How many disc golfers have you heard drop the phrase ‘Grow the Sport’ in the past couple weeks? Probably quite a few. If not, then you’ve undoubtedly seen #GrowTheSport shared across disc golf posts on every social media network. Alan at Infinite Discs wrote a good article a couple weeks ago on what he believes needs to happen to grow the sport of disc golf which offers a good perspective from someone who experiences large pro events in person. Now let me ask you a question.
What does it mean?
Silly question right?
Seriously, doesn’t it just mean getting more people to play disc golf? Oh, wait, some of you are referring to increasing the number of courses available. Oh, and some of you allude to making disc golf more popular in the eyes of the public. So it seems that ‘Grow the Sport’ may take on a number of meanings.
Before you continue reading I want to make something clear, I am not arguing against growing the sport or hindering disc golf’s popularity. Don’t read this as a cynical tirade against the growth of disc golf, you know me better than that by now and I only want you to consider the meaning of the phrase.
Here’s what I’ve observed over the past months with regard to #GrowTheSport. Nearly every disc golfer wants to jump on board. That’s great, it truly is, because we have everyone working for a greater disc golf cause. But there’s a problem with this which can be observed when everyone starts chanting a phrase and the phrase begins to lose meaning. The problem is that the phrase is too vague and the meaning and ultimate goal is different to everyone. When the meaning and desired outcome are different for the involved parties then the actions taken becomes less effective because not all actions are optimized for the same goals.
Let’s take another momentary pause. Each of these different goals is legitimate and it’d be great to achieve each of them. More people playing disc golf is a great goal. It’s a wonderful thing to watch new courses develop! Who wouldn’t want to see improved public perception of disc golf? But let’s face it, how many people have actually defined what ‘Grow the Sport’ means to them and what their priorities are?
I touched on a couple of the different meanings above, now I want you to stop for a moment and consider what ‘Grow the Sport’ means to you and why you want to grow it. To Alan, growing the sport means increasing the number of players and number of spectators in large part through a friendlier environment and increased media coverage. ‘Grow the Sport’ touches a little closer to home for me; the quality of experience for existing players is more important to me than quantity of players or amount of exposure.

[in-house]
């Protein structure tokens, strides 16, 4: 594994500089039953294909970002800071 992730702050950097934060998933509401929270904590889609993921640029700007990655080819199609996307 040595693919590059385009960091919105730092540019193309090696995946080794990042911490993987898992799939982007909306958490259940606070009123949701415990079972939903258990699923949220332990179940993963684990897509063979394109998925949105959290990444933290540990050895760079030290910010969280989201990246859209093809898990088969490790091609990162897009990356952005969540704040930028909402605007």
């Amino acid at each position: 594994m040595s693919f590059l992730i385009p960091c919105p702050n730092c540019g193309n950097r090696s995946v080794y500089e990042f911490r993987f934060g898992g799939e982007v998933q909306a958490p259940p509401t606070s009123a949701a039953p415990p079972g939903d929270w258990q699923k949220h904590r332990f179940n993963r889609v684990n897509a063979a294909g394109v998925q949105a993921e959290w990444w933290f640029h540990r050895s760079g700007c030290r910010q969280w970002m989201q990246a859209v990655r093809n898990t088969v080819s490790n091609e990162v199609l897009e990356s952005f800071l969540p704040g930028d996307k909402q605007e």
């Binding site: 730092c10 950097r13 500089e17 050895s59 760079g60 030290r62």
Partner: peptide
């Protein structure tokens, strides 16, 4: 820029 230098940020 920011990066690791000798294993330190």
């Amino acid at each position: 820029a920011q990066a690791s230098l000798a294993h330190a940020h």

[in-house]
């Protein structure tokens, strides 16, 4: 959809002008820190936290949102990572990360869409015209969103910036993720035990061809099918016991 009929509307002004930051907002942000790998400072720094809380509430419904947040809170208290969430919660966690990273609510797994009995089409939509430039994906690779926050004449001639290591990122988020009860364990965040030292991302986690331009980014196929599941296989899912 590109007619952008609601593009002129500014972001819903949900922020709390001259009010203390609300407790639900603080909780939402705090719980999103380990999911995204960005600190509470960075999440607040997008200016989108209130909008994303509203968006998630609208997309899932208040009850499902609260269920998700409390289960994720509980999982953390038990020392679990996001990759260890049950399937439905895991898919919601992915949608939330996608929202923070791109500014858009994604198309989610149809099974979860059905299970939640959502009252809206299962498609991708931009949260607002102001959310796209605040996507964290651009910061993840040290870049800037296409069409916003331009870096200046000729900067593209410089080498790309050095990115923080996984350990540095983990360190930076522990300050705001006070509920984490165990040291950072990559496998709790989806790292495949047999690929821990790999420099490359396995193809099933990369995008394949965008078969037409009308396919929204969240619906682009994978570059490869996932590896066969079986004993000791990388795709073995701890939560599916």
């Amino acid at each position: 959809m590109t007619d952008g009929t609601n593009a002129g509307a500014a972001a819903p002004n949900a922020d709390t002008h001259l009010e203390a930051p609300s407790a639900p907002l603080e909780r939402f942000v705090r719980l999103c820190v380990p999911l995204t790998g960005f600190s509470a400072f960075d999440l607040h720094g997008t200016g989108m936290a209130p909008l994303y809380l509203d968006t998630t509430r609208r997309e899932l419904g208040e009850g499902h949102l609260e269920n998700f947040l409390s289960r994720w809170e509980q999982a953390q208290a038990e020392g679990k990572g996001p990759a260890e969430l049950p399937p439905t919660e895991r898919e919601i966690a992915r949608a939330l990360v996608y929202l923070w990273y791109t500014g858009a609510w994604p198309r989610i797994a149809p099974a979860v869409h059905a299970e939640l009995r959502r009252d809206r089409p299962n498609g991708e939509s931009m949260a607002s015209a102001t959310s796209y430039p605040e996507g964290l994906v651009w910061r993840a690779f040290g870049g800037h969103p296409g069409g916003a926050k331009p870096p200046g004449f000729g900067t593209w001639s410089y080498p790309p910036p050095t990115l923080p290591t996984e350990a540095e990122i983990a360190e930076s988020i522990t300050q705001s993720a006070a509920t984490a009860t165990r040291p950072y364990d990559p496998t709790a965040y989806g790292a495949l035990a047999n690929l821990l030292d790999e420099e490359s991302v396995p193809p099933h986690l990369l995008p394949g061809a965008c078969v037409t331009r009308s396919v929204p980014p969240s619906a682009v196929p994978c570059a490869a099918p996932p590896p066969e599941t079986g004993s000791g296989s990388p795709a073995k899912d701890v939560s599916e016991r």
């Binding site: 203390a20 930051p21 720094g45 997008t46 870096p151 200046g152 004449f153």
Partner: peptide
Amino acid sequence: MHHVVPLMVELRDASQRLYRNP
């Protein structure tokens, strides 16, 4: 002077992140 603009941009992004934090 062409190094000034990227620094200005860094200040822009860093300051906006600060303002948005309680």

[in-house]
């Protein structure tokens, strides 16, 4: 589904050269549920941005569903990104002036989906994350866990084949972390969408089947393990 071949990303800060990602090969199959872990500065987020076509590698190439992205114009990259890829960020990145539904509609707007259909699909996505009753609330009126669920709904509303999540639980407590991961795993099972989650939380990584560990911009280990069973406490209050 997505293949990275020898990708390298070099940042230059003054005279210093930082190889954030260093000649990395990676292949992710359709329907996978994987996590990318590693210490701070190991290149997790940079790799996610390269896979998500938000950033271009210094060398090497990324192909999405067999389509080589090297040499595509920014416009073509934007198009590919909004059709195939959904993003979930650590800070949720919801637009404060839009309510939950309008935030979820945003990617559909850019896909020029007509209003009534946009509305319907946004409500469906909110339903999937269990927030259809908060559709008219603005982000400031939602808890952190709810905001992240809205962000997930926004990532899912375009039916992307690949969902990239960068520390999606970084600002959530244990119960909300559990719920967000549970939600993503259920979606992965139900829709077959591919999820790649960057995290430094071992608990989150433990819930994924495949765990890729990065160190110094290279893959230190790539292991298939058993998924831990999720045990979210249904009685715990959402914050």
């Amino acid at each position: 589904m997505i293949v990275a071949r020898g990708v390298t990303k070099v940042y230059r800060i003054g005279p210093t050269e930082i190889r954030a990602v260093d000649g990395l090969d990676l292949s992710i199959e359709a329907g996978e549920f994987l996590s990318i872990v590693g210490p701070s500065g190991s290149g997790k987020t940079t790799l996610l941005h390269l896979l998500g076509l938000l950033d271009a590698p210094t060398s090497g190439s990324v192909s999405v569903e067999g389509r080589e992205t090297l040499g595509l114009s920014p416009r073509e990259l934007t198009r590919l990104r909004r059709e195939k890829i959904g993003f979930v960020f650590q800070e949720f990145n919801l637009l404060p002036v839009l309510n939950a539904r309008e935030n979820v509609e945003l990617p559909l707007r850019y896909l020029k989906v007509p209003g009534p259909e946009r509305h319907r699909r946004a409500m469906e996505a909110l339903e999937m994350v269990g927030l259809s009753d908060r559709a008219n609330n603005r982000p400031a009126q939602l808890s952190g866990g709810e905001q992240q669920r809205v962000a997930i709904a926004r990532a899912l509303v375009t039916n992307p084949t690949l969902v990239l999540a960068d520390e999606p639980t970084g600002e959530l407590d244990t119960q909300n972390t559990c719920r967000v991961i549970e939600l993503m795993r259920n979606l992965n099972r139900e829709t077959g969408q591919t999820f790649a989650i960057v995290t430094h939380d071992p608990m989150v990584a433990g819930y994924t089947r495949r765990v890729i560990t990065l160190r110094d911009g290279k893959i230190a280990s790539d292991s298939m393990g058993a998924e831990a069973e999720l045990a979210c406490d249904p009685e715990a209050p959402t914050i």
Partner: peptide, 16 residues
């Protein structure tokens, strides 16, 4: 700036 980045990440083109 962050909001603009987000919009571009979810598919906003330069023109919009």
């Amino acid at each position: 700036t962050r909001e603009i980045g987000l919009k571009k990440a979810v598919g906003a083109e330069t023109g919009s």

By quality of experience I refer specifically to the positive attitude of the disc golf community, the number and quality of events, and the caliber of courses. I am passionate about enhancing the disc golf culture. While I could write an entire article about each of these areas, the import point is that my idea of growing the sport focuses around improving and maximizing what we currently have while also maintaining the current disc golf culture. I also truly believe that this will attract additional participants to the sport and the type of new players who will hold true to the current disc golf values. I do acknowledge the inverse, that by increasing the number of players and media exposure my ideals may become more easily achievable, but this becomes a matter of priority and which goals to work on first.
What’s more important than you agreeing with me, though, is that by defining what we mean by ‘Growing the Sport’ we can more efficiently decide how to allocate time and resources. If you have extra time will you spend that time cleaning up your home course or talking to your co-workers about disc golf? Hopefully you can do both, but at some point we all run out of extra time and when resources are limited you usually see the greatest benefit when those resources are focused. I can give you a personal example that you’re already familiar with, my writing. Rodney and I have many aspirations for our content, but the majority of our content is written toward those who are already familiar with disc golf and are interested in improving their game, but also not targeted toward disc golf experts. This doesn’t mean our content is exclusive or that it won’t appeal to casual disc golfers or even non-disc golfers, but we believe that we can make the greatest impact by focusing on disc golfers who have already made the decision to improve their game but are not yet experts.
So what do you mean when you call out ‘Grow the Sport’? The more discussion we can have the more informed we will be, thus the more effective we can be when growing our beloved sport of disc golf. I hope to see questions like this included in surveys and studies so we can begin collecting data to help make informed decisions, and the more articulate we are the better we can answer the questions. I encourage you to check out Alan’s post, and take a look at the series of documents by John Heaton from Whirld Sports on growing disc golf.
Join in the conversation and give us your thoughts, or even better – write a proposal and post it online!